Is the Short Story Training Ground for the Novel? Vanessa Gebbie says “No.” Er, “Yes.” Er, “No – Yes.”

A short while back Vanessa Gebbie posed a question to our writers in conversation, and now it is time for her to answer her own question. Vanessa?

 

 I do get a bit tired of hearing that the short story is a ‘training ground’ for the novel?  Is it?

I posed this question initially without really thinking, expecting my own response to be ‘of course not’… but after consideration I’m now not so sure. Quite apart from the fact that any piece of creative writing surely has some small bearing on the next, being a step on a journey, I thought short fiction and novels were so different, that the one would have little direct influence on the other.

But I have just spent the last five years writing a longer work – at the same time as producing enough short stories to fill two collections and plenty over. And I am now convinced that the answer to the question is not as simple as a straight ‘yes, it is’ or ‘no, it isn’t’. At least, for this writer – the only one I can speak for.

In some ways, being comfortable with creating short fiction has not helped me make a coherent piece of long fiction. I am avoiding the word ‘novel’ now – because that conjures ideas of lengthy narratives with several side alley explorations. Side alley explorations that are not actually vital, but which help to pad out the page count. Don’t they?  No? How many novels have you read (as a writer yourself) without wanting to reach for the red pen – ‘Why is this here? What’s it got to do with…?’ And I must admit, I would not at this point, consider writing one of those single main narrative works, because I don’t enjoy reading so many of them for the very reason outlined, so why would I?!

As an aside – I have just re-read a very well known novel written within the last few decades. A novel studied for ‘A’ level English by one of my sons not that long ago. And one I thoroughly enjoyed on first reading – already a modern classic. Reading with a writer’s eye, I wonder if it could easily be 25% shorter, and be better for it?  So says I, the short story writer! And thank the lord for subjective opinions.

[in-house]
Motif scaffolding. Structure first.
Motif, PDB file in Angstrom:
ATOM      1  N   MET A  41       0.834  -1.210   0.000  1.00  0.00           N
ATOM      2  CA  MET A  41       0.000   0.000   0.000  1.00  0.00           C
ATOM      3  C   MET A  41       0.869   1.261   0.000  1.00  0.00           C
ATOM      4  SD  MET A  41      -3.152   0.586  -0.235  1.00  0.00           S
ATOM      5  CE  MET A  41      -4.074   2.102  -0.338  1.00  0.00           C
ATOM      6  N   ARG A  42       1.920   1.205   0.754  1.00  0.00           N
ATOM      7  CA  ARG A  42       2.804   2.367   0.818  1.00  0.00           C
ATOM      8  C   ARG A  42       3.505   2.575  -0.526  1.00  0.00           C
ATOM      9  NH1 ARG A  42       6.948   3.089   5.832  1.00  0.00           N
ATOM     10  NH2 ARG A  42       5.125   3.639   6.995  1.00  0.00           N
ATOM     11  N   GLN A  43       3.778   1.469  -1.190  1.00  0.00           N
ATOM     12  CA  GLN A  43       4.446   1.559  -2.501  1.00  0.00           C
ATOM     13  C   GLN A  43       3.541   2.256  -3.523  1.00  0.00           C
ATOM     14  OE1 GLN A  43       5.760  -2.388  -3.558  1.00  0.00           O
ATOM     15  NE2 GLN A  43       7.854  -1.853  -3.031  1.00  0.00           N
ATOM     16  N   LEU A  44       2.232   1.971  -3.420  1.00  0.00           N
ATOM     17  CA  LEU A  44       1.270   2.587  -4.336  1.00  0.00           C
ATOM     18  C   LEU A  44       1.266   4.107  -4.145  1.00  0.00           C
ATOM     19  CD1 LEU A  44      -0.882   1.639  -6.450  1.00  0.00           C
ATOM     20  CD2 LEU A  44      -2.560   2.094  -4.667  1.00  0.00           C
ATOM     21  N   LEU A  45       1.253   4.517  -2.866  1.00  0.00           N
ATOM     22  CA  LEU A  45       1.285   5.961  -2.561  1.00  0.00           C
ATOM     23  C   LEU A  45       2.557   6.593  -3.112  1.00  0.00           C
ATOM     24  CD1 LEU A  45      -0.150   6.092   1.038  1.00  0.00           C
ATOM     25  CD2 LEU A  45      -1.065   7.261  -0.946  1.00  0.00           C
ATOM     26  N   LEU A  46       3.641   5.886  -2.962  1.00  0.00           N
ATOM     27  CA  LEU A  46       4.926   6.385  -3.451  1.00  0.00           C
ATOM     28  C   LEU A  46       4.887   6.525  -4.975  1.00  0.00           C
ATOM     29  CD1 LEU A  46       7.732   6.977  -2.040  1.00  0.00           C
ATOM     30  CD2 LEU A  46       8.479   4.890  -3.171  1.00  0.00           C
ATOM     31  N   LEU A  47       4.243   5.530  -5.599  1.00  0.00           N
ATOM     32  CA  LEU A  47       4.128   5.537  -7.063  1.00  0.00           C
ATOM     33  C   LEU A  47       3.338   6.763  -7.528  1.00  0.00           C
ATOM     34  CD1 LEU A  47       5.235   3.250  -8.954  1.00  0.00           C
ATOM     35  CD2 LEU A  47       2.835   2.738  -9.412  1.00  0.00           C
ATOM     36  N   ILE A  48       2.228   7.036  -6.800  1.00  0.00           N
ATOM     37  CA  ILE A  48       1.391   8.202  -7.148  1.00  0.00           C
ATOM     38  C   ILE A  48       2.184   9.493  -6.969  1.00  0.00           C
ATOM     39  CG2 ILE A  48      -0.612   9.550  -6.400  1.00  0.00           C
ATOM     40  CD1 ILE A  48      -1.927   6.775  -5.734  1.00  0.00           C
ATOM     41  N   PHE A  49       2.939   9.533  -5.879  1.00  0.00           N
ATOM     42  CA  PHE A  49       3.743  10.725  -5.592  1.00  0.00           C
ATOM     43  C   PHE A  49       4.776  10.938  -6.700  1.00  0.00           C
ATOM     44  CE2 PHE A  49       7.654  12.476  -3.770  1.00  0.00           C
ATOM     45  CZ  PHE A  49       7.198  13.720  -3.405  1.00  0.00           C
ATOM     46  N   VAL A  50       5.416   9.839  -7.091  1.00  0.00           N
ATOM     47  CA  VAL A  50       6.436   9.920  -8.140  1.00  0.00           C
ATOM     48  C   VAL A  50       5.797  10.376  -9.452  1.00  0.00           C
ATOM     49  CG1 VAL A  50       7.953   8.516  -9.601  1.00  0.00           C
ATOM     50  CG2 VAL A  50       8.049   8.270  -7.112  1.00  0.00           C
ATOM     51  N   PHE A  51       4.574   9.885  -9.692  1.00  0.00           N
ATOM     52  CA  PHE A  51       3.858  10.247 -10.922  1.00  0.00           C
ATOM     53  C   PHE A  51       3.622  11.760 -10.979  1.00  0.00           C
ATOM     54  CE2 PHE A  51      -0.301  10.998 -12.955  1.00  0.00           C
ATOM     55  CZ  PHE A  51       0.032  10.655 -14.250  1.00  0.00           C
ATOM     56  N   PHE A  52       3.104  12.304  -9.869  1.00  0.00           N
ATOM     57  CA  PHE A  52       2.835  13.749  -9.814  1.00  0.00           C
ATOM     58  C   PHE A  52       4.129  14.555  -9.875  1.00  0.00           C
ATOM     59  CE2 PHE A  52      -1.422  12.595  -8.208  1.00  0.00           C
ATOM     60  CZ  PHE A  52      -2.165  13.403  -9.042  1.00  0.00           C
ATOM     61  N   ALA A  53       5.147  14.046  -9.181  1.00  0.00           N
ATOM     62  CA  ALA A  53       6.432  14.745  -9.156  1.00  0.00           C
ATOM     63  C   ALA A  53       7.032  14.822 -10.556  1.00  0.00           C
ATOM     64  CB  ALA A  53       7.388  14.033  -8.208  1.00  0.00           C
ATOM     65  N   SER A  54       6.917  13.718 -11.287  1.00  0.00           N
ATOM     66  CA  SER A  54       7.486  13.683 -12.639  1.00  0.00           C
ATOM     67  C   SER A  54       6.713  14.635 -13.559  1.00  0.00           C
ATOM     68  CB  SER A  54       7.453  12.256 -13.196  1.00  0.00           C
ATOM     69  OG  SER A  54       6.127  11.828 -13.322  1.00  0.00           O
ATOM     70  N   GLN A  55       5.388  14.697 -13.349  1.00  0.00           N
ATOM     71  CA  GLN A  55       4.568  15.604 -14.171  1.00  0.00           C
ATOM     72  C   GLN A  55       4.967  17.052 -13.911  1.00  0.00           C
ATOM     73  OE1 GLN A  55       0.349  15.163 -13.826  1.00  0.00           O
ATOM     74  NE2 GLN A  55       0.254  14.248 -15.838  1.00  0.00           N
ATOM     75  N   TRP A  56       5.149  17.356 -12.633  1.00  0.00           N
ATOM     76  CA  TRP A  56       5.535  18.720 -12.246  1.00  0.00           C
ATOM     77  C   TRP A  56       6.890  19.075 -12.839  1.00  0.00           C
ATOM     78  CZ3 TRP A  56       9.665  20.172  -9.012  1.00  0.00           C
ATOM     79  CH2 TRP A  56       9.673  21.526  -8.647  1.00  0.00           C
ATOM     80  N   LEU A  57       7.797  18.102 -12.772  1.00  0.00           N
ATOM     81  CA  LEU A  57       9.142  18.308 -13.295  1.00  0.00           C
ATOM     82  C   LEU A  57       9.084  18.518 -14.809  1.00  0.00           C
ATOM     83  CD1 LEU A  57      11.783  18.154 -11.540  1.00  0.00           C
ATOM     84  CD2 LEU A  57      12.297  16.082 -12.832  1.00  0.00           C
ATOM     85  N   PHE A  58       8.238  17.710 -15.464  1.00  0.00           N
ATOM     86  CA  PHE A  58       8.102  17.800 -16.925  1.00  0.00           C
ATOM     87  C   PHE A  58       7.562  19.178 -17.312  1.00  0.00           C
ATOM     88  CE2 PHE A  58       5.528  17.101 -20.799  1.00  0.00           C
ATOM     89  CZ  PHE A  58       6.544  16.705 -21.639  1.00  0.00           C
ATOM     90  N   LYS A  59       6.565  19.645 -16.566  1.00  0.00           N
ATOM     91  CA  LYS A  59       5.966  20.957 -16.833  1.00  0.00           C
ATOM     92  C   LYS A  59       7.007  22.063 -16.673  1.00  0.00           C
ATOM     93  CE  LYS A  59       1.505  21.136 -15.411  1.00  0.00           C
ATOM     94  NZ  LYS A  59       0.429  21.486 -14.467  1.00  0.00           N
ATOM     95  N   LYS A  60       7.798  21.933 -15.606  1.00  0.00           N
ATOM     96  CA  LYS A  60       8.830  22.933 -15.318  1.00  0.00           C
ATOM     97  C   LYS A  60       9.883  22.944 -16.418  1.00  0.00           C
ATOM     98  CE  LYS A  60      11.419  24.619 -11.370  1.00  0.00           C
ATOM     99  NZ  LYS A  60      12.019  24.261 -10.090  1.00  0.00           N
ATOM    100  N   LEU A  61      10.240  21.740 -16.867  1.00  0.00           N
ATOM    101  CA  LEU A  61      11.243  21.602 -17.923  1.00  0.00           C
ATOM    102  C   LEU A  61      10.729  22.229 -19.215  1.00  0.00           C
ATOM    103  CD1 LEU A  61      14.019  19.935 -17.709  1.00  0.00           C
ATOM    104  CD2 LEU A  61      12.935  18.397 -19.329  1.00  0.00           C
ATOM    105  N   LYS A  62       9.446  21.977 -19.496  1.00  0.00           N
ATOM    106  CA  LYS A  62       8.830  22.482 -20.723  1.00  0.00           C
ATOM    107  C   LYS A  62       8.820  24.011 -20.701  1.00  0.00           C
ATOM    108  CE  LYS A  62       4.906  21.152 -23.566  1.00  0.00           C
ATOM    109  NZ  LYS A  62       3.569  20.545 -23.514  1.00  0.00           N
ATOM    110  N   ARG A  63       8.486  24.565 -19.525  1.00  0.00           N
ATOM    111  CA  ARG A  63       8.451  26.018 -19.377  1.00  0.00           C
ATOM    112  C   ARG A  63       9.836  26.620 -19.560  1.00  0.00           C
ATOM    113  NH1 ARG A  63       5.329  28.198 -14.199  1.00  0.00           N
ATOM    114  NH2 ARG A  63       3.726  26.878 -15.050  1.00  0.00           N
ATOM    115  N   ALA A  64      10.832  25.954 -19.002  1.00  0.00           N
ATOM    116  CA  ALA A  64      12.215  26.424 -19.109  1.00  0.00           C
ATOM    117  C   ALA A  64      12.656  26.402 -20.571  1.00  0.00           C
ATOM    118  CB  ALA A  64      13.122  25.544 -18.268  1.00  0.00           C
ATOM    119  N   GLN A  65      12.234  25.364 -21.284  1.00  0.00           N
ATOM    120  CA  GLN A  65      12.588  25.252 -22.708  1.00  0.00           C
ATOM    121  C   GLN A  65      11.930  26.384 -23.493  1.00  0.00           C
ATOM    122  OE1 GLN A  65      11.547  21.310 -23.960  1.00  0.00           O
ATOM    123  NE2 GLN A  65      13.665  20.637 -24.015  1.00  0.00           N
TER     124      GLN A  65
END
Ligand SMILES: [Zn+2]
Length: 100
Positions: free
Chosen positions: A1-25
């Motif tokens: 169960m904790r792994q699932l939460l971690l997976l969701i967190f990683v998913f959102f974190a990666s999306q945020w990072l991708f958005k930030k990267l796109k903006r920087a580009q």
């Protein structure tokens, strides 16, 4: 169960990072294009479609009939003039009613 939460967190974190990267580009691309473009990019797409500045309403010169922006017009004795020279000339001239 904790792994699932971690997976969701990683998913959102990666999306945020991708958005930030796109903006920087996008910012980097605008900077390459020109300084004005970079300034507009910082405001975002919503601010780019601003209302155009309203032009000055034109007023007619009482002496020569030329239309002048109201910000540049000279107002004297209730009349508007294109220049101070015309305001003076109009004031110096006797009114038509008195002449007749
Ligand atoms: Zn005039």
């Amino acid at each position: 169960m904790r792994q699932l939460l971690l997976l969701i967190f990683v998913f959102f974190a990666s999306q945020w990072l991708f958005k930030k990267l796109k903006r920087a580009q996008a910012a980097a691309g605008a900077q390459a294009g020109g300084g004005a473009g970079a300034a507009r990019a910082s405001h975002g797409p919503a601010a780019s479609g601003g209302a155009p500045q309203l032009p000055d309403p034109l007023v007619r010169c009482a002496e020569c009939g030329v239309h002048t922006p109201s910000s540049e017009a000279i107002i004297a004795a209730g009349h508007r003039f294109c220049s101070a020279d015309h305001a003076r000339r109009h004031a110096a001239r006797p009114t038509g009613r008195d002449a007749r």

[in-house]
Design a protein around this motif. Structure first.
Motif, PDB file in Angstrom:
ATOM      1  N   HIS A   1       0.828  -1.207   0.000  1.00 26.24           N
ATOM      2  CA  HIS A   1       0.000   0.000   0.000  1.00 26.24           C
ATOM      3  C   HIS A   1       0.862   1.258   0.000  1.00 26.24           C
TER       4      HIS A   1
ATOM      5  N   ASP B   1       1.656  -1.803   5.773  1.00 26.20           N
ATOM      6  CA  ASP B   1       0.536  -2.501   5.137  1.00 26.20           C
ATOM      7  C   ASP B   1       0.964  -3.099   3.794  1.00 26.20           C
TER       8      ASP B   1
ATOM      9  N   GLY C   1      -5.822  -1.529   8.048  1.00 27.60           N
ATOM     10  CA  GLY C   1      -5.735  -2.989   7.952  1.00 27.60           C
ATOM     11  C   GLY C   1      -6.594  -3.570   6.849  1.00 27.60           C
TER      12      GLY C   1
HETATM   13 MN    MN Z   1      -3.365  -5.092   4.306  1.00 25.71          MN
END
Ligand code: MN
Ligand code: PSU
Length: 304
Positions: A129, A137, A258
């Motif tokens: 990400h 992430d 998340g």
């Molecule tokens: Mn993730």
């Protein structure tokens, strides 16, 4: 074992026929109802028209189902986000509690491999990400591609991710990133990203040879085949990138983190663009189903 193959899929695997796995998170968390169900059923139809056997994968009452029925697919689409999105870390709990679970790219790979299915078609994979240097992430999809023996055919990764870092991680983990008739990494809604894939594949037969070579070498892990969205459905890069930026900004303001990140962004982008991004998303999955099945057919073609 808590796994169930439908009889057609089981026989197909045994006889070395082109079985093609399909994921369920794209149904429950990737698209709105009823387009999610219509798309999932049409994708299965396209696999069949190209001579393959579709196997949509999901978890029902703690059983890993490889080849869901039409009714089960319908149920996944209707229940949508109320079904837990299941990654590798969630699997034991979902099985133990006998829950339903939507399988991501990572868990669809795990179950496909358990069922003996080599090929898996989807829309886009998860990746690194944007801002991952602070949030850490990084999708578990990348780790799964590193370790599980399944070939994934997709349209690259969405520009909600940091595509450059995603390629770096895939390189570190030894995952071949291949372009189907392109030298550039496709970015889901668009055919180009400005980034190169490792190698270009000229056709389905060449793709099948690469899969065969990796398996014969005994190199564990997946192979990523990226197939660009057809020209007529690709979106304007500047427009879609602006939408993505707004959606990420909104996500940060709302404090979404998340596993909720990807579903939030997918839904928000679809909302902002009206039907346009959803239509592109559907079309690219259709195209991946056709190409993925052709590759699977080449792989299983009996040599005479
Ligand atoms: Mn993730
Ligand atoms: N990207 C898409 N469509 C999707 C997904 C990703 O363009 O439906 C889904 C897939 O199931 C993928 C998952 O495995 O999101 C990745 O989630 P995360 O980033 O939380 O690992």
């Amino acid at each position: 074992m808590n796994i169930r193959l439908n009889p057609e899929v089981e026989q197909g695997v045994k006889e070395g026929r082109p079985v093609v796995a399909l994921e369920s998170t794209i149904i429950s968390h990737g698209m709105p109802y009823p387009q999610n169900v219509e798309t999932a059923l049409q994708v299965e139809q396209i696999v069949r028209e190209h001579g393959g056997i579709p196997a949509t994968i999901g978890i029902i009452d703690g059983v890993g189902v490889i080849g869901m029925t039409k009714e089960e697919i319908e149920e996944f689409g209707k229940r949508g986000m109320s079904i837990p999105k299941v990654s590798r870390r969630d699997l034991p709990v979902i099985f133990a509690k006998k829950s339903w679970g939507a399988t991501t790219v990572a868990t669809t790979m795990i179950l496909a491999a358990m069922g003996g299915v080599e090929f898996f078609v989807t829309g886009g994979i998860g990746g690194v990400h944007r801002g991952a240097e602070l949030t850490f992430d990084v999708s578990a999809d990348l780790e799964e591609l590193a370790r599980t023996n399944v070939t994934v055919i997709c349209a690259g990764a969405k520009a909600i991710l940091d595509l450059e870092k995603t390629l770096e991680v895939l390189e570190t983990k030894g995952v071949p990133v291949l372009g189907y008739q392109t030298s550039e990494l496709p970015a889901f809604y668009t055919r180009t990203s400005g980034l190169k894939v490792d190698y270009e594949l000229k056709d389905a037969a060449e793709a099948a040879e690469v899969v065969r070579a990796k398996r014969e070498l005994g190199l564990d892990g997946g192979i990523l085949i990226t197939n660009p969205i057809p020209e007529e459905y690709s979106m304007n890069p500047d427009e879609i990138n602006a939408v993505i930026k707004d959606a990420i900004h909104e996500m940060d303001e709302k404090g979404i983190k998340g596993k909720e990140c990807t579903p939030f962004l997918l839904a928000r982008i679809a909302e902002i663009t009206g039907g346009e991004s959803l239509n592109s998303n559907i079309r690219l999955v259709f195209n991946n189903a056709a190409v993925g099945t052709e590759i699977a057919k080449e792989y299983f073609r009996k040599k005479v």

However. Inasmuch that successful short fiction has no room for extraneous material, my skills as a writer of shorts, such as they are, did not exactly help when I wanted to produce something they call a novel. And although it might have been perfectly possible to go in depth into each deliberate gap, (those gaps that render short fiction successful reading experiences as far as I’m concerned) to fill them with matter, flesh out the prose, add lengthy descriptions where naturally, I might have given a single word or phrase or even nothing – this was not right for anything that had my name on it.

My response to the problem was to create the only sort of long work I can imagine I will ever do – one that could be approached in the creation stage as individual short stories. Sure, the settings were the same, and all the characters wandered in and out of each other’s stories at will, gate-crashing their parties. In this way I made twelve facets of the same thing. And just as working on a stand-alone short, where I would go deeper but sharpen at the same time, I split them again, each one becoming either two, or three distinct stories – until I ended up with over thirty in all. Two timelines, same setting, different generations of the same families.

So far so uninteresting – another writer blathering about their process, which may or may not have relevance to yours. But. The point for me is this – it was this approach that actually led the project in more ways than one. Not just structural issues emerged.

I do not plot when I write a short story. I start with a character who fascinates me enough to want to spend time with him/her and a problem, and the story finds its own direction and shape, after time. Careful revision sharpens the whole. I couldn’t imagine approaching a longer piece of work, say 100,000 words, in the same way, without there being a lot of meaningless meandering, and one helluva lot of pruning as the thicket was tamed. However. As I wrote The Coward’s Tale each story informed the next, in more ways than one. It was not just the characters who appeared again – it was the distinct shape of each story – the rhythms in the bigger sense.  And, most importantly, the theme.